Tech giant Google quietly announced that users would no longer need a Google+ account to log into YouTube and other Google sites as well. In addition, the site is breaking up into two components: Photos and Streams, but that’s a far cry from the integrated social platform that Google had wanted Google+ to be. Looking back, the news comes as no surprise given that Google’s answer to Facebook hasn’t exactly been a resounding success.

According to data compiled by Statista.com, Google+ had 300 million active monthly users compared to Facebook’s 1.4 billion. The reality is, it’s not difficult to see why the idea has failed to live up to its promise. S. Kumar, Fortune’s tech and business commentator, lays out the biggest lessons every entrepreneur can learn from Google’s failed experiment.

 

Don’t sell people what they already have

Google thought it could convince millions of people to migrate to its own newborn social media site. However Google+ launched in 2011 and by that time, Facebook had already become the dominant social media platform in the world, boasting 250 million active users. At the time most analysts agreed that Google+’s future wasn’t very bright.

 

It’s possible Google+ could have developed a vastly superior product, but the interface was clunky and less intuitive than Facebook, the mobile app was equally uninspiring, but most of all, it lacked a critical mass of active users necessary for a complete, satisfying social media experience. People joined Google+, but interaction between users was much less robust. Facebook worked because the community was already established, large and much more active. There was a time when Facebook also had few users, but the crucial difference is that Facebook was a relatively novel concept at the time.

 

Don’t Create an Identity Crisis

A feature that differentiated Google+ from Facebook was its hybrid structure that allowed users to connect with their friends but also follow complete strangers who could then follow them back. Similar to Twitter, that was a good concept except for two things: Facebook added that feature shortly afterwards and it detracted from the intimacy that a friend-based social media network provides.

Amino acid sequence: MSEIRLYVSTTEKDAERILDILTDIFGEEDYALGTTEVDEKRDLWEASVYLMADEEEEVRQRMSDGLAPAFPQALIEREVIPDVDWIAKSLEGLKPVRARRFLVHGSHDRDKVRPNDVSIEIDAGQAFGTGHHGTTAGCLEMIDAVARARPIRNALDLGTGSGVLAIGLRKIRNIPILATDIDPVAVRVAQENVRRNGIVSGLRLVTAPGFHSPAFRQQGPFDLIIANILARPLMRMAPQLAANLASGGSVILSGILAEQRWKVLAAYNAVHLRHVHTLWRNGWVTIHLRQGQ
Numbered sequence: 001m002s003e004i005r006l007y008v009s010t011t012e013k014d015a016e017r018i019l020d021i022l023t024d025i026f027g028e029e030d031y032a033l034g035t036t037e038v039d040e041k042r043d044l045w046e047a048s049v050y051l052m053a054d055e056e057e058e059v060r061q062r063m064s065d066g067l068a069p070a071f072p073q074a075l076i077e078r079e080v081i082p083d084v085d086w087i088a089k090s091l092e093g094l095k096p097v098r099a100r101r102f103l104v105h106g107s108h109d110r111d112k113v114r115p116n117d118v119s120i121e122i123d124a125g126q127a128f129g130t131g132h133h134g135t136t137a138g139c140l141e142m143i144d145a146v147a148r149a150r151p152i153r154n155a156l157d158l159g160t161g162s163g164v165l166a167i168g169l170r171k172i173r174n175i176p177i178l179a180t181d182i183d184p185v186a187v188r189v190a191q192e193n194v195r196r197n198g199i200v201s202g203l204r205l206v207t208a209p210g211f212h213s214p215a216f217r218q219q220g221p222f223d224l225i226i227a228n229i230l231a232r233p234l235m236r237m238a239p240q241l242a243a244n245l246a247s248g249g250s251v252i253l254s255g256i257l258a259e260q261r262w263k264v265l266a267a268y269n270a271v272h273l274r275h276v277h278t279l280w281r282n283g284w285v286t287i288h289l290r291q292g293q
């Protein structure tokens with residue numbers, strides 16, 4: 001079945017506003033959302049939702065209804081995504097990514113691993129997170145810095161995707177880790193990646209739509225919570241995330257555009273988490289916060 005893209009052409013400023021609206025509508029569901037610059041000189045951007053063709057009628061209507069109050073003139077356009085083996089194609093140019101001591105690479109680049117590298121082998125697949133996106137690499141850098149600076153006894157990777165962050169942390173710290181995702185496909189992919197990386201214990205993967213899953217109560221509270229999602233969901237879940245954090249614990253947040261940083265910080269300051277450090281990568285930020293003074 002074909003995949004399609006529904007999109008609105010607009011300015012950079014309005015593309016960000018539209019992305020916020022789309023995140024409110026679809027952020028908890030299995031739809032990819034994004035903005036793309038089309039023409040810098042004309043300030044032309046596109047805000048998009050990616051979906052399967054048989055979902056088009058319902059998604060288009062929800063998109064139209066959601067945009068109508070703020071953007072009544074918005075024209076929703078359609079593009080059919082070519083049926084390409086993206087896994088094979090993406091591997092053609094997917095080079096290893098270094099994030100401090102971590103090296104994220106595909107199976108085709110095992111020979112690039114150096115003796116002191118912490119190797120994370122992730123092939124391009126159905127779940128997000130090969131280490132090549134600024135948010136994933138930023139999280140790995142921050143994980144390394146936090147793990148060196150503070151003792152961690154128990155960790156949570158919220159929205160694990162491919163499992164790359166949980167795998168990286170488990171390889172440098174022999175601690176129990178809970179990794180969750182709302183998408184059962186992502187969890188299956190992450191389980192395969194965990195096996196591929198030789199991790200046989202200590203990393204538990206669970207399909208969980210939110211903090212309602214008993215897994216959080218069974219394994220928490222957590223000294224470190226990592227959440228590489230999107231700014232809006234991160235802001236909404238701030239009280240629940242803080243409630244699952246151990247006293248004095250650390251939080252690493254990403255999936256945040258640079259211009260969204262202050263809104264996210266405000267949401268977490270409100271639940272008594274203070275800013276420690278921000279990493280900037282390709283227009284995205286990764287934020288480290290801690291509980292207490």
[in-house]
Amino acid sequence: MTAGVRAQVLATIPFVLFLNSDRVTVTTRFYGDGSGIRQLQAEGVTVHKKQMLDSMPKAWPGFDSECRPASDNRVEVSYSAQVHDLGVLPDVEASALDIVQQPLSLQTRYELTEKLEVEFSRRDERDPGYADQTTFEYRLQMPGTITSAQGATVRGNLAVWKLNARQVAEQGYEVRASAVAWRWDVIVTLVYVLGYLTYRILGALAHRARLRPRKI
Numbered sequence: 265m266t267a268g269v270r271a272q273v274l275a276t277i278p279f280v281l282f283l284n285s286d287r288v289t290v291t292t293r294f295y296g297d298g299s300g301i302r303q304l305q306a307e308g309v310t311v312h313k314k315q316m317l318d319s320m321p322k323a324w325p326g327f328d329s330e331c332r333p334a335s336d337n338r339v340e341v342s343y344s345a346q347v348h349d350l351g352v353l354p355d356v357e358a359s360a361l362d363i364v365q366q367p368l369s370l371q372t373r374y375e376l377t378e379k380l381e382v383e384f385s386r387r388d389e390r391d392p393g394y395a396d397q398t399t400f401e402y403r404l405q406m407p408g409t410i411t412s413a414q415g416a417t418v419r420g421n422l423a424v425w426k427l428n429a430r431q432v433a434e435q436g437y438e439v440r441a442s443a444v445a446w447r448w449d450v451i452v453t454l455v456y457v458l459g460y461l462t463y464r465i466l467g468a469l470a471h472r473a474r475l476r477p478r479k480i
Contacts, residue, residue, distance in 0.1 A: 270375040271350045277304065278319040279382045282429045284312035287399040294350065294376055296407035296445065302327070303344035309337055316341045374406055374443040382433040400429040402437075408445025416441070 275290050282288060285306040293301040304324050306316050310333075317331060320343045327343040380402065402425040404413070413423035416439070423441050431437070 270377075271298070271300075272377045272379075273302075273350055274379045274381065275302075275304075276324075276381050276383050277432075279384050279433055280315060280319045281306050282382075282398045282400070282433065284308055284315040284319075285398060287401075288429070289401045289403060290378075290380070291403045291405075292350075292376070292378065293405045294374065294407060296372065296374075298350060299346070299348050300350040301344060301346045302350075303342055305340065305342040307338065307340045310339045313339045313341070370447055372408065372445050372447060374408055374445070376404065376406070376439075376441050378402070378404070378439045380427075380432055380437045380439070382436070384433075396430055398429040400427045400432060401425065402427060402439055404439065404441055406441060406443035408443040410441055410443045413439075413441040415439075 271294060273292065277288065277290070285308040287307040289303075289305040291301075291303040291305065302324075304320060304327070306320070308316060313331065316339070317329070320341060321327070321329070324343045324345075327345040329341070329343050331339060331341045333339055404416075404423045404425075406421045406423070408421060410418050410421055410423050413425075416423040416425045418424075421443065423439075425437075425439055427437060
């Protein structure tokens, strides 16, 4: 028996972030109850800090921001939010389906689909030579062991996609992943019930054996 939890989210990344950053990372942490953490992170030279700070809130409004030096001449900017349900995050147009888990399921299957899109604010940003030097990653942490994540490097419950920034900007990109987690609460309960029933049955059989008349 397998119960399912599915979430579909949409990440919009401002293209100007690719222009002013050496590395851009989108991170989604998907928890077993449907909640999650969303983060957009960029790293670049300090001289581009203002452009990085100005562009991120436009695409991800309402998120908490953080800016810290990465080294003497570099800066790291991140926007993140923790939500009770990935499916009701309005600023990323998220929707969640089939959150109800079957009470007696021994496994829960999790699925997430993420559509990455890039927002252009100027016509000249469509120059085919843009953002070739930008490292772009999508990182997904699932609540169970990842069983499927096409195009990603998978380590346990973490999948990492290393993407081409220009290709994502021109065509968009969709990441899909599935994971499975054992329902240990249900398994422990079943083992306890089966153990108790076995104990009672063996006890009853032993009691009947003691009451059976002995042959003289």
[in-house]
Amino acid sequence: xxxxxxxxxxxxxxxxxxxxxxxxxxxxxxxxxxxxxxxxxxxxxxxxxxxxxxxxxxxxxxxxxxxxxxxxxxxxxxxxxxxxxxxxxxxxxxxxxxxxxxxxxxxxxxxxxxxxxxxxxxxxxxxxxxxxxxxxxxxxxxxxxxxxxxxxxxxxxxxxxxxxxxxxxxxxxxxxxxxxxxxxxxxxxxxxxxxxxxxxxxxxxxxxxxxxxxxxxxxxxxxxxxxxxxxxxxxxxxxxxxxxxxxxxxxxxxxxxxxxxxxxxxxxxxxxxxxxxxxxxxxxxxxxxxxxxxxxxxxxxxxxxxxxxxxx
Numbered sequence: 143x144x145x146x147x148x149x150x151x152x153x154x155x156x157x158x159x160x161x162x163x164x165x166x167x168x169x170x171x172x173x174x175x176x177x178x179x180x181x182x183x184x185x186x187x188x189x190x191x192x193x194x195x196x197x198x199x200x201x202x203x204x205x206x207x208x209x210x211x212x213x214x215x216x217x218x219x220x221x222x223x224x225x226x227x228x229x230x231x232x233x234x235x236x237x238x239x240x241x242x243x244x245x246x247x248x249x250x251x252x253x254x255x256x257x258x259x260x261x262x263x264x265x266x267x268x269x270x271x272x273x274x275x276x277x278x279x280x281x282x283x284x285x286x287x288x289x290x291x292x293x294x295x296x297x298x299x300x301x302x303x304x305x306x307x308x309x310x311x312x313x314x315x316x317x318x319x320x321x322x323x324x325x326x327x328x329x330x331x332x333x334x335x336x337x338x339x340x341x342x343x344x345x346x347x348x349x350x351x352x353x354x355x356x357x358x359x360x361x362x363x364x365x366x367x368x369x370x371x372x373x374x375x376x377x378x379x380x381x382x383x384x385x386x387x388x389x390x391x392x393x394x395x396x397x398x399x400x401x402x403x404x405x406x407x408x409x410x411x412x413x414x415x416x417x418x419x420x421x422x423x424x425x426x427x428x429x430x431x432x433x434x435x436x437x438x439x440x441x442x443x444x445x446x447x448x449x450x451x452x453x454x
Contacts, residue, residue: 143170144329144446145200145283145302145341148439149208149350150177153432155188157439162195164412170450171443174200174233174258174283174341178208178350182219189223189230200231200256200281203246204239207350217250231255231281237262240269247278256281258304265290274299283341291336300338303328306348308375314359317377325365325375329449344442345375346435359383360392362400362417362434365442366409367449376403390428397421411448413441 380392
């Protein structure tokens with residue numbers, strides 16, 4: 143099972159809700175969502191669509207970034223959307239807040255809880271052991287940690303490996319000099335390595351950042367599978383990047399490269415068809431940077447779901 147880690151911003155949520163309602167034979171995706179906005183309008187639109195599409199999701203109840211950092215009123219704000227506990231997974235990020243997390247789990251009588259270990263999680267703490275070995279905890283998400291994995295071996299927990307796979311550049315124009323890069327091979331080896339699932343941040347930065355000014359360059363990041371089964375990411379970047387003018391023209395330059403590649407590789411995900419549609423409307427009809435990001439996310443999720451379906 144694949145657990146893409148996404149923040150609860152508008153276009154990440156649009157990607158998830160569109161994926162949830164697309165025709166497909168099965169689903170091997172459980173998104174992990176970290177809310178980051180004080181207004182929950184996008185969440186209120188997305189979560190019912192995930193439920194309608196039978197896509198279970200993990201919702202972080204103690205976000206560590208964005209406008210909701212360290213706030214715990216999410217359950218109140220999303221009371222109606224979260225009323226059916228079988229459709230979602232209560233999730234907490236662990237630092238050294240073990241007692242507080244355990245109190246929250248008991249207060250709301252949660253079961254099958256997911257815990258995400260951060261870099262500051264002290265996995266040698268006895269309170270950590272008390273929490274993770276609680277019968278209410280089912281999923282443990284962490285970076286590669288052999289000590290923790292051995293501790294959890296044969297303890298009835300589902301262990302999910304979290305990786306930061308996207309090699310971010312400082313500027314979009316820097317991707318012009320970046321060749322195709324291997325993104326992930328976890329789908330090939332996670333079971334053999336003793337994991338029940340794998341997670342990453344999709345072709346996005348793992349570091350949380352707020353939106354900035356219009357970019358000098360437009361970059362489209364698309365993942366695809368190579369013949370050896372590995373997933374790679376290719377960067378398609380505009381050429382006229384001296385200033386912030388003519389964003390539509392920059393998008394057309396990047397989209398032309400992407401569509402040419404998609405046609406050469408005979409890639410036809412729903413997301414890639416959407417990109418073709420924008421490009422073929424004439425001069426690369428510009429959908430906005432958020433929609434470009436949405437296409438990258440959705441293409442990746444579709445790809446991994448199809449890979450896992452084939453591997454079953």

Twitter is mostly a medium for quickly reaching a large number of users you don’t necessarily personally know. Despite direct messaging and tweet-wars, followers aren’t really a network of true ‘friends.’  Facebook still remains primarily a social platform for users who are at least tangentially connected, offering some security and closeness. Google+ tried to meld two very distinct social media protocols and priorities, and in the process, created an identity crisis for itself. Knowing who you are will always take you the farthest.

 

Don’t Compromise the Flagship Product

Despite Google+ being a misfire, Google offers superior products, especially its iconic search engine that accounts for 65% of the U.S. market, according to digital measurement firm comScore. To use a search example, if you type in “Donald Trump” into Google’s engine, you may be looking for the latest news on the presidential hopeful, but what you’re definitely not looking for are personal Google+ posts about Trump. And yet that was exactly what Google served up, and not just deep inside the rankings, but on the first page.

 

Not only does it skew search results but effectively forces people to sign out of Google in order to be able to run a proper search. That’s annoying for users but from Google’s perspective, it’s the exact opposite of what the company is aiming for, which is to keep people inside the Google universe at all times. Given this, the company should have protected the integrity of its core product at all costs and instead, it gambled with it. The final hard driving point is if you have a successful flagship product, don’t tinker with it at the expense to promote another lesser product.